Addison suppressed a smile, wondering if Wake even realized he’d mimicked his wife’s phraseology and town of voice exactly. “I’d love to hear your story, Sergeant Wake.”
Wake offered her his other arm and, after a moment’s hesitation she rested her hand in the crook of his elbow and they started towards the building at a pace clearly aimed at letting Clear Skies keep up with the rest of the group. Ever dozen steps or so, Wake would check on his wife out of the corner of his eye in a way that was really kind of cute. As they made their way leisurely towards the building Wake began.
I only knew him as Saint Elmo, he was this wiry little Italian guy with a mouth so foul you’d never believe the first part of his code name. Back then, Project Sumter was officially a part of the War Department and we were all in the war effort. And back then there was a real important word in front of Air Force – Army. They weren’t different services. So me and Elmo, we’d known each other since back in basic. But the eggheads up in Project High Command, which is what they called it back then, had Ideas about how they were gonna be using his talents. So after basic he shipped out to flight school and I went on to infantry training.
We found each other again in England. That’s a story all in itself. Point was, by the time we flew out over Europe in late September, 1944, we were old pals, me and Elmo. He was the mechanic on the plane that took me out on jumps. Then I’d catch a boat back and we’d do the whole thing again.
But this was something special. It was the last time I’d jump, although we didn’t know it at the time.
I can’t tell you about Operation Garden Grow, it’s still pretty scary stuff. I think about it, sometimes, but rarely on purpose. As I say, I can’t tell you what we were going to do or why high command thought Operation Market Garden would be a good time to do it. This story is about Elmo, so it’s more about getting there than what we did there. So it really starts when our modified B-24 was over the English Channel, me getting settled for another longish trip to Deutschland and trying to stay out of everyone’s way. Wasn’t that hard just yet, since most of the crew doesn’t do much until something unusual happens.
Now Elmo’s crew did these kinds of delivery runs all over, I wasn’t the only talented person running around doing stupid things behind enemy lines and there weren’t that many crews that could be spared to ferry them around. So he saw a lot more of the war than I did, all things considered, and he knew people who could find things, and on the cheap. So when Elmo sat down beside me and handed me a small box I knew it was going to be good.
I’m not real great at describing but she’s still wearing that ring, so you can see it if you want. Nice, ain’t it?
So I ask him, “How much?”
And he tells me, “For you, Sarge, at cost. Three hundred dollars.”
Now that wasn’t just cheap that was downright thievery. Three hundred dollars back then was a lot more than it is now but still. That ring was easily worth five hundred and I said so.
“I picked it up in Cairo from one of the British boys who came through Casablanca,” he says. Gives me the hand wave. “Everyone out there was selling jewelry to try and get out of town before the war. It’s still pretty cheap.”
So I said, “Okay.” And I promised to pay the man once I got back, so long as I did.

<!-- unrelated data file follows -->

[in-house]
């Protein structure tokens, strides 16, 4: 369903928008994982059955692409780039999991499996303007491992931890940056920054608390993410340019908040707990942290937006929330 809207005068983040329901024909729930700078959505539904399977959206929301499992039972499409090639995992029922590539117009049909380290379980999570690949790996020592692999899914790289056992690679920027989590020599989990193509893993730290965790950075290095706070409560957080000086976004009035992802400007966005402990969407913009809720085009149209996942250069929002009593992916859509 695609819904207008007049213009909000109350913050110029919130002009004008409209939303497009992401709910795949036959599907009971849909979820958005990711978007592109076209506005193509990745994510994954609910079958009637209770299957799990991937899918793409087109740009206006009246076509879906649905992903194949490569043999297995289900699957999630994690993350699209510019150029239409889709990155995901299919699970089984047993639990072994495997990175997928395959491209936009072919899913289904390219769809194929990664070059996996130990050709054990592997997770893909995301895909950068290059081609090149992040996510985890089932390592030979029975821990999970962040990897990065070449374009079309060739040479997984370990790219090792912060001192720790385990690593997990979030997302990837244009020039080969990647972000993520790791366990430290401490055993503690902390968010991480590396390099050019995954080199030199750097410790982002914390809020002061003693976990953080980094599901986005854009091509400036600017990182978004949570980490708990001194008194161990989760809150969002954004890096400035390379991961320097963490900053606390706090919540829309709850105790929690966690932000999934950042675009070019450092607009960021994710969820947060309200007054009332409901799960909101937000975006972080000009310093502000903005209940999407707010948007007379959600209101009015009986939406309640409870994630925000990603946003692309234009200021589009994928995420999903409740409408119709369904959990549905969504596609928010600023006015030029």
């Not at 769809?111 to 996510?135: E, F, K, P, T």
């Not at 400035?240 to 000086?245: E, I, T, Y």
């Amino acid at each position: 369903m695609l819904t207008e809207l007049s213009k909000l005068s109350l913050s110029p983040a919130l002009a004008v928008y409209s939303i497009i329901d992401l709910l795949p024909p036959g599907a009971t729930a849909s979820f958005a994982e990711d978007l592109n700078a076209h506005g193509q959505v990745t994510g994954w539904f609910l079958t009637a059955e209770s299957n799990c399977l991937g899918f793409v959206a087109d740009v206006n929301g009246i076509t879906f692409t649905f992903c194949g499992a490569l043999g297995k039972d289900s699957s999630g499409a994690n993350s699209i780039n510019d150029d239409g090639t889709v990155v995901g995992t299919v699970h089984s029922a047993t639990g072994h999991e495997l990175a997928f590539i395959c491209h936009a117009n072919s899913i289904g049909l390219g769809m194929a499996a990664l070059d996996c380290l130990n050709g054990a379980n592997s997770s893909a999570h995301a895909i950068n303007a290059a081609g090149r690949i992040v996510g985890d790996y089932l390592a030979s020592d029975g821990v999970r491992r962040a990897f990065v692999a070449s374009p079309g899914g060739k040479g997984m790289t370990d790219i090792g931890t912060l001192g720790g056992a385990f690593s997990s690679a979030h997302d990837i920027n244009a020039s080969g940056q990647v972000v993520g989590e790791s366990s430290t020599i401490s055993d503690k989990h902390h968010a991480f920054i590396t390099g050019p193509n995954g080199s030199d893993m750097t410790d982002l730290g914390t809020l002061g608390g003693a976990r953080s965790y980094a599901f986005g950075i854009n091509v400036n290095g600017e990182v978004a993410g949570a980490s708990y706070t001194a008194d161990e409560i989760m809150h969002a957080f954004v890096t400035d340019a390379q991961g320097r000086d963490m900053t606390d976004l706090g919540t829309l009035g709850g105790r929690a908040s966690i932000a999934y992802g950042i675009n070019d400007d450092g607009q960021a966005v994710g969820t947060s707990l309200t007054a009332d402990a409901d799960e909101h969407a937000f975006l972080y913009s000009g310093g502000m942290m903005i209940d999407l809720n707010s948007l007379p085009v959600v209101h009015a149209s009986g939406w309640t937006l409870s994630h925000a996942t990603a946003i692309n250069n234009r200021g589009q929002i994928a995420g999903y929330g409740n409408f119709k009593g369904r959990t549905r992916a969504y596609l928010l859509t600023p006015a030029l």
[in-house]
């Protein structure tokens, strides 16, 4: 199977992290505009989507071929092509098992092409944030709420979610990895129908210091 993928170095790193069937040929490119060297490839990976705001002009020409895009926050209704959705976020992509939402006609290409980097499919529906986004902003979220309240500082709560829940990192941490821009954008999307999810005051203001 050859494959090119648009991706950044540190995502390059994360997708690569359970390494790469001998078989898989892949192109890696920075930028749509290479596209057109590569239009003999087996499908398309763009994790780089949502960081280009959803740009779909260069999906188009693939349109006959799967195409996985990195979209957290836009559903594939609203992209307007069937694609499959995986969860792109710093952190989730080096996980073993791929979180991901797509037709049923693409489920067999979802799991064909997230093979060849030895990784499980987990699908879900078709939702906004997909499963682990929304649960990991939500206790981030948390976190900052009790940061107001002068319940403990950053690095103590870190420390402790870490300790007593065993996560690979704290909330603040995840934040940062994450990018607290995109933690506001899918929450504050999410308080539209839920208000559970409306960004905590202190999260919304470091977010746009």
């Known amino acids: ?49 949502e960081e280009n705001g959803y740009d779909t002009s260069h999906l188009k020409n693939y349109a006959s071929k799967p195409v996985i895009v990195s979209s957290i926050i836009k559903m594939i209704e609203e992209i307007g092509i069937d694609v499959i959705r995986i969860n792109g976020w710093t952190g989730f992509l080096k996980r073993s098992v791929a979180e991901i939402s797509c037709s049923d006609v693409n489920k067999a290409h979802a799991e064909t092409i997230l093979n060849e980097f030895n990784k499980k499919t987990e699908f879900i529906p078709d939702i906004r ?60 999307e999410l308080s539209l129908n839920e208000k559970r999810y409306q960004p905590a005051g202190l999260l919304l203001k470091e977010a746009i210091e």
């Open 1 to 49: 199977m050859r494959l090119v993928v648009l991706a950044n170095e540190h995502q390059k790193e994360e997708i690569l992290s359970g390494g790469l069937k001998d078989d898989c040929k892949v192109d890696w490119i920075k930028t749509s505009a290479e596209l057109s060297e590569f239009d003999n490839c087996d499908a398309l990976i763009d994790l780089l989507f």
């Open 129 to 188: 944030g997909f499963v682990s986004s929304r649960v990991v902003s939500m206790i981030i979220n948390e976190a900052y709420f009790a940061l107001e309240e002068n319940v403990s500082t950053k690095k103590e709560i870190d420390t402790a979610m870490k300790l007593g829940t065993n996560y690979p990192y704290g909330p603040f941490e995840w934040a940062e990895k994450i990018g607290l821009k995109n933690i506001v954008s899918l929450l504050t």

We shook on it and Elmo hands me the ring, says, “Now be there to pay up or I’ll make a liar out of you.”
And I give him a glare and say, “I ain’t never been a liar, Saint Elmo, and if you was a real saint you’d be able to see the honesty in my eyes.”
“The heart is deceitful above all things and desperately wicked, who can know it?” He tells me, and crosses himself all pious like. Sometimes I wish he’d said anything else. And that I’d done something other than laugh at him.
There we are, two guys not quite twenty five, maybe over water, maybe finally over land, flying away without a care in the world when the Messerschmitts show up. Suddenly things get crazy. Flying into combat in a bomber ain’t like the movies. You don’t zoom around much, there’s no rolling or flipping. Usually the flight commander just tells you there’s incoming and you strap down. Then you listen to the guns going off until somebody’s plane quits working and crashes or the other guys decide to go home. When you’re the bomber’s actual payload you don’t even get to see what’s going on.
I’ll spare you what it was like. I don’t know why you kids like the kinds of movies you watch, the kinds of books you read. The whole point of that war was so you wouldn’t have to live all that but you still try anyways. But enough soapboxing. This is about Elmo.
I’d never seen him do anything unusual on any of our flights before. There were guys who were supposed to be able to mess up German radar just by sitting there and frowning, I always figured Elmo was one of them. Useful trick to have up your sleeve but not so great when they already know where you are. Turns out Elmo did his job once we were found, something that hadn’t happened on my last three trips into Europe.
So I’m strapped in down in the hold, Elmo’s up in the middle, ready to deal with problems, the gun crews are pounding away. Maybe we get hit some, maybe we don’t I honestly don’t remember. Maybe that lasts five, ten minutes, maybe it’s an hour. Hard to say.
Finally the flight commander yells from up in the cockpit, “Saints and ministers of grace preserve us!”
That’s Shakespeare, by the way.
So a second after he yells that I see Elmo go rushing past with a weird looking box under one arm. I figure if Elmo’s doing it then it must be Project business so I unstrap and try to get up to him without getting shot or falling over. And I made it most of the way, too, Liberators aren’t that big after all. But as I got to the point where I’d first seen him I happened to look out the window and said a few things that’d shame my mother.
Then, since it’s the kind of thing pilots like to know, I yelled up to the flight commander, “The wing’s on fire!”
“Relax.” Captain Benet, who was my supervising officer, caught up to me and started dragging me back to my seat. “It’ll be fine. Haven’t you ever stopped to wonder what it is Elmo does on these flights?”
“Radar, right?” Because what else would he be doing, know what I mean?